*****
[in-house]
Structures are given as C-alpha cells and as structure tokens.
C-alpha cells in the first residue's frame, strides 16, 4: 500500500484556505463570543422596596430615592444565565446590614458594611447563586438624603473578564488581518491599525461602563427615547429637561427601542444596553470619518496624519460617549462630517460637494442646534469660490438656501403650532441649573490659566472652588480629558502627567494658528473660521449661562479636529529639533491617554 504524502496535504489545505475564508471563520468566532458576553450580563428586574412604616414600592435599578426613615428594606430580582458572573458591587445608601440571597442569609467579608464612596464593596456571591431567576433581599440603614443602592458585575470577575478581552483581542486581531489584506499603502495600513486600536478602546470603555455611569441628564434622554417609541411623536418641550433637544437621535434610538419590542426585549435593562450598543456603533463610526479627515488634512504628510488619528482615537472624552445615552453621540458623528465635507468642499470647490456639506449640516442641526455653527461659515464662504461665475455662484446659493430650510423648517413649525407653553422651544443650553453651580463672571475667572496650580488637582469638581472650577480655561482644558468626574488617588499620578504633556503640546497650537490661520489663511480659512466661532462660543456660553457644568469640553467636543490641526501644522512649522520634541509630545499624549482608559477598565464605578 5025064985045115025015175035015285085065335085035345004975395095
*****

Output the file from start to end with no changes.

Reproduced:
[in-house]
Structures are given as C-alpha cells and as structure tokens.
C-alpha cells in the first residue's frame, strides 16, 4: 500500500484556505463570543422596596430615592444565565446590614458594611447563586438624603473578564488581518491599525461602563427615547429637561427601542444596553470619518496624519460617549462630517460637494442646534469660490438656501403650532441649573490659566472652588480629558502627567494658528473660521449661562479636529529639533491617554 504524502496535504489545505475564508471563520468566532458576553450580563428586574412604616414600592435599578426613615428594606430580582458572573458591587445608601440571597442569609467579608464612596464593596456571591431567576433581599440603614443602592458585575470577575478581552483581542486581531489584506499603502495600513486600536478602546470603555455611569441628564434622554417609541411623536418641550433637544437621535434610538419590542426585549435593562450598543456603533463610526479627515488634512504628510488619528482615537472624552445615552453621540458623528465635507468642499470647490456639506449640516442641526455653527461659515464662504461665475455662484446659493430650510423648517413649525407653553422651544443650553453651580463672571475667572496650580488637582469638581472650577480655561482644558468626574488617588499620578504633556503640546497650537490661520489663511480659512466661532462660543456660553457644568469640553467636543490641526501644522512649522520634541509630545499624549482608559477598565464605578 5025064985045115025015175035015285085065335085035345004975395095